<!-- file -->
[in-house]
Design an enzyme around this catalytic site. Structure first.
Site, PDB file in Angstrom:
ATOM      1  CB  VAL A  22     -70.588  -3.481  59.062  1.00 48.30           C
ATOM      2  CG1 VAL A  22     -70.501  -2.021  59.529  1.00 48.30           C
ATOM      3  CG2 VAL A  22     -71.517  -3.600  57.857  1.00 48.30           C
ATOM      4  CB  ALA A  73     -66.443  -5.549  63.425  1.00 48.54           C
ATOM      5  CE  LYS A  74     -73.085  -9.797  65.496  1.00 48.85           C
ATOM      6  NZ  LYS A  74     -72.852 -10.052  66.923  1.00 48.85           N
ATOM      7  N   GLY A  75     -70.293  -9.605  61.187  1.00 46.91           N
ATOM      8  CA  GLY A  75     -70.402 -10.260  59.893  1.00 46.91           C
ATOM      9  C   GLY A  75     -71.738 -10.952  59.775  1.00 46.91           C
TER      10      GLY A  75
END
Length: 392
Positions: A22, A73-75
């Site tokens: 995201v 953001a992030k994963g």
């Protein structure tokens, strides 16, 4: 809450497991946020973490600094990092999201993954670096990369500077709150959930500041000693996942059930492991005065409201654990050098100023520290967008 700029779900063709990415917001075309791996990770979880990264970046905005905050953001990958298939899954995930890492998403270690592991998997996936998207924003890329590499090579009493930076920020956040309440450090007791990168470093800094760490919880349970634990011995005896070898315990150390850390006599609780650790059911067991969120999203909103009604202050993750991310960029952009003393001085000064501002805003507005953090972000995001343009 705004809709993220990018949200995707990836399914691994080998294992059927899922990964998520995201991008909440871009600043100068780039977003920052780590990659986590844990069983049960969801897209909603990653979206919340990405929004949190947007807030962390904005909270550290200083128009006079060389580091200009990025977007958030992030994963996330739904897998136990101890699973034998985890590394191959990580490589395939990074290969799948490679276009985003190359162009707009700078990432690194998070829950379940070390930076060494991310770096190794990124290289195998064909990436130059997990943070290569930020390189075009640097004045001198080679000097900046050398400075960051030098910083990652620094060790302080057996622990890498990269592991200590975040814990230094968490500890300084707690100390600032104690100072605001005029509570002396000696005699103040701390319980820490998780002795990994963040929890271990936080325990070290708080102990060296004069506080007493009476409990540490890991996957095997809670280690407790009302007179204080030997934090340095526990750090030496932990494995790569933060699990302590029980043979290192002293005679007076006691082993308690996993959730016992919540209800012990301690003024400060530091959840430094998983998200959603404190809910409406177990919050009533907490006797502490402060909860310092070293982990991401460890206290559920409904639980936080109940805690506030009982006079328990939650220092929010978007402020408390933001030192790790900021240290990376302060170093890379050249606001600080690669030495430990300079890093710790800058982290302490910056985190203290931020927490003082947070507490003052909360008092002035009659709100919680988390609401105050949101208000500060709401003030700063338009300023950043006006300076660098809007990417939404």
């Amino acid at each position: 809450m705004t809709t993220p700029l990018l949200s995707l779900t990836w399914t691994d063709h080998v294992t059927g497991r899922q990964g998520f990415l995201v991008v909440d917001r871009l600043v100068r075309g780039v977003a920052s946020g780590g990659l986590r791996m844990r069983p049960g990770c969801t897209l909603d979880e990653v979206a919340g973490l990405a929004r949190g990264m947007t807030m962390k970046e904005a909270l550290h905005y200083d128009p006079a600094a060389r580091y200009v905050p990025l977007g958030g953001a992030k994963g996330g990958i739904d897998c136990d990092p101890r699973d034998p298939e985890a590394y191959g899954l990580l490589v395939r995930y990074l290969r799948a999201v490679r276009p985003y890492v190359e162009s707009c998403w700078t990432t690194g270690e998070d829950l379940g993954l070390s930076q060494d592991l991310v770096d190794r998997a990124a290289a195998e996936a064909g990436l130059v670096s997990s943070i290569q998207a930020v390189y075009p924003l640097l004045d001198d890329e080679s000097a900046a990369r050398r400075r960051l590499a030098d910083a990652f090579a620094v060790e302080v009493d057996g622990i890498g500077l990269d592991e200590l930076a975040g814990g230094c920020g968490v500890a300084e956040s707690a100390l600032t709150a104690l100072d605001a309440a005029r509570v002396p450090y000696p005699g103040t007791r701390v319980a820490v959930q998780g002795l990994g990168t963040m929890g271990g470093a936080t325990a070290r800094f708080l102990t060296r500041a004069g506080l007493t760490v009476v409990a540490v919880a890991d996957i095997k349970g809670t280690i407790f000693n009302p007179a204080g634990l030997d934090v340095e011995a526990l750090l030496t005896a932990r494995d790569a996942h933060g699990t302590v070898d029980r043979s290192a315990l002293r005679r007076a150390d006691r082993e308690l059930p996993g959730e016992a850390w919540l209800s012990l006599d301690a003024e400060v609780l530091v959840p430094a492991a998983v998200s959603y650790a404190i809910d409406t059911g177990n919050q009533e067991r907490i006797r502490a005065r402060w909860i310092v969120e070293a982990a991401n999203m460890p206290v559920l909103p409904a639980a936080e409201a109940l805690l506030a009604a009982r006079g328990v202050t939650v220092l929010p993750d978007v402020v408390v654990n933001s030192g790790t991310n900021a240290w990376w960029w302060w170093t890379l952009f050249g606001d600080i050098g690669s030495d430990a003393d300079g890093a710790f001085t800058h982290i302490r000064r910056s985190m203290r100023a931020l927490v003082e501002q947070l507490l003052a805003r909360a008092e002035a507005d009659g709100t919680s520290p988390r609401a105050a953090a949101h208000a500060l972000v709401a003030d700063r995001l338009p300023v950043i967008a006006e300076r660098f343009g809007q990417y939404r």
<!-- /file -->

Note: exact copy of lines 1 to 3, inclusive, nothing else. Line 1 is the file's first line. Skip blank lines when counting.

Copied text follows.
[in-house]
Design an enzyme around this catalytic site. Structure first.
Site, PDB file in Angstrom: